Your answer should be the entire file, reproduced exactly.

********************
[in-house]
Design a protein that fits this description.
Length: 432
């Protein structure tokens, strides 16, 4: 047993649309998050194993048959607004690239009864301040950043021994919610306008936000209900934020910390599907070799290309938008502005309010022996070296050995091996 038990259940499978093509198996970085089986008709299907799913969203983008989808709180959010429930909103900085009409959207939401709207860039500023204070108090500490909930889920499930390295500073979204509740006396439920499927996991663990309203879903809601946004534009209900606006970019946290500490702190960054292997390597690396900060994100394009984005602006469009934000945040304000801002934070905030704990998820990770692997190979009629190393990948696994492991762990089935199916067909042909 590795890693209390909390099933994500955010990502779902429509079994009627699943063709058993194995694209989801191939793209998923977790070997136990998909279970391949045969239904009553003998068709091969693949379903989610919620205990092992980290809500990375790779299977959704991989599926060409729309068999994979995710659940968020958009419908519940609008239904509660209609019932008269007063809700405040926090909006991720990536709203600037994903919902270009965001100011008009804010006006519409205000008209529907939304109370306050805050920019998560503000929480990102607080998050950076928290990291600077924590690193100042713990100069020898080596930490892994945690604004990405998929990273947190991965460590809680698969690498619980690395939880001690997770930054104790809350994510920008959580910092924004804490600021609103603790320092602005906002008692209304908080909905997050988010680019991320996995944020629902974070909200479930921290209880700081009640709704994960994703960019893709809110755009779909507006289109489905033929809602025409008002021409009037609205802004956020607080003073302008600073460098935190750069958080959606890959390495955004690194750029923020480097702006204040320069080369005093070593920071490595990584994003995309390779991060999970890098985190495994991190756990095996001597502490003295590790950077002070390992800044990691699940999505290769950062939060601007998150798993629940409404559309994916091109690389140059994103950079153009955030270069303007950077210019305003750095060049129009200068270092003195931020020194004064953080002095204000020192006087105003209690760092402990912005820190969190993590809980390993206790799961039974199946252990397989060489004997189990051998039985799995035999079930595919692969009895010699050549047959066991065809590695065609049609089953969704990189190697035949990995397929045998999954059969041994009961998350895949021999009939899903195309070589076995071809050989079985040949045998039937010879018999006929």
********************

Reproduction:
[in-house]
Design a protein that fits this description.
Length: 432
């Protein structure tokens, strides 16, 4: 047993649309998050194993048959607004690239009864301040950043021994919610306008936000209900934020910390599907070799290309938008502005309010022996070296050995091996 038990259940499978093509198996970085089986008709299907799913969203983008989808709180959010429930909103900085009409959207939401709207860039500023204070108090500490909930889920499930390295500073979204509740006396439920499927996991663990309203879903809601946004534009209900606006970019946290500490702190960054292997390597690396900060994100394009984005602006469009934000945040304000801002934070905030704990998820990770692997190979009629190393990948696994492991762990089935199916067909042909 590795890693209390909390099933994500955010990502779902429509079994009627699943063709058993194995694209989801191939793209998923977790070997136990998909279970391949045969239904009553003998068709091969693949379903989610919620205990092992980290809500990375790779299977959704991989599926060409729309068999994979995710659940968020958009419908519940609008239904509660209609019932008269007063809700405040926090909006991720990536709203600037994903919902270009965001100011008009804010006006519409205000008209529907939304109370306050805050920019998560503000929480990102607080998050950076928290990291600077924590690193100042713990100069020898080596930490892994945690604004990405998929990273947190991965460590809680698969690498619980690395939880001690997770930054104790809350994510920008959580910092924004804490600021609103603790320092602005906002008692209304908080909905997050988010680019991320996995944020629902974070909200479930921290209880700081009640709704994960994703960019893709809110755009779909507006289109489905033929809602025409008002021409009037609205802004956020607080003073302008600073460098935190750069958080959606890959390495955004690194750029923020480097702006204040320069080369005093070593920071490595990584994003995309390779991060999970890098985190495994991190756990095996001597502490003295590790950077002070390992800044990691699940999505290769950062939060601007998150798993629940409404559309994916091109690389140059994103950079153009955030270069303007950077210019305003750095060049129009200068270092003195931020020194004064953080002095204000020192006087105003209690760092402990912005820190969190993590809980390993206790799961039974199946252990397989060489004997189990051998039985799995035999079930595919692969009895010699050549047959066991065809590695065609049609089953969704990189190697035949990995397929045998999954059969041994009961998350895949021999009939899903195309070589076995071809050989079985040949045998039937010879018999006929």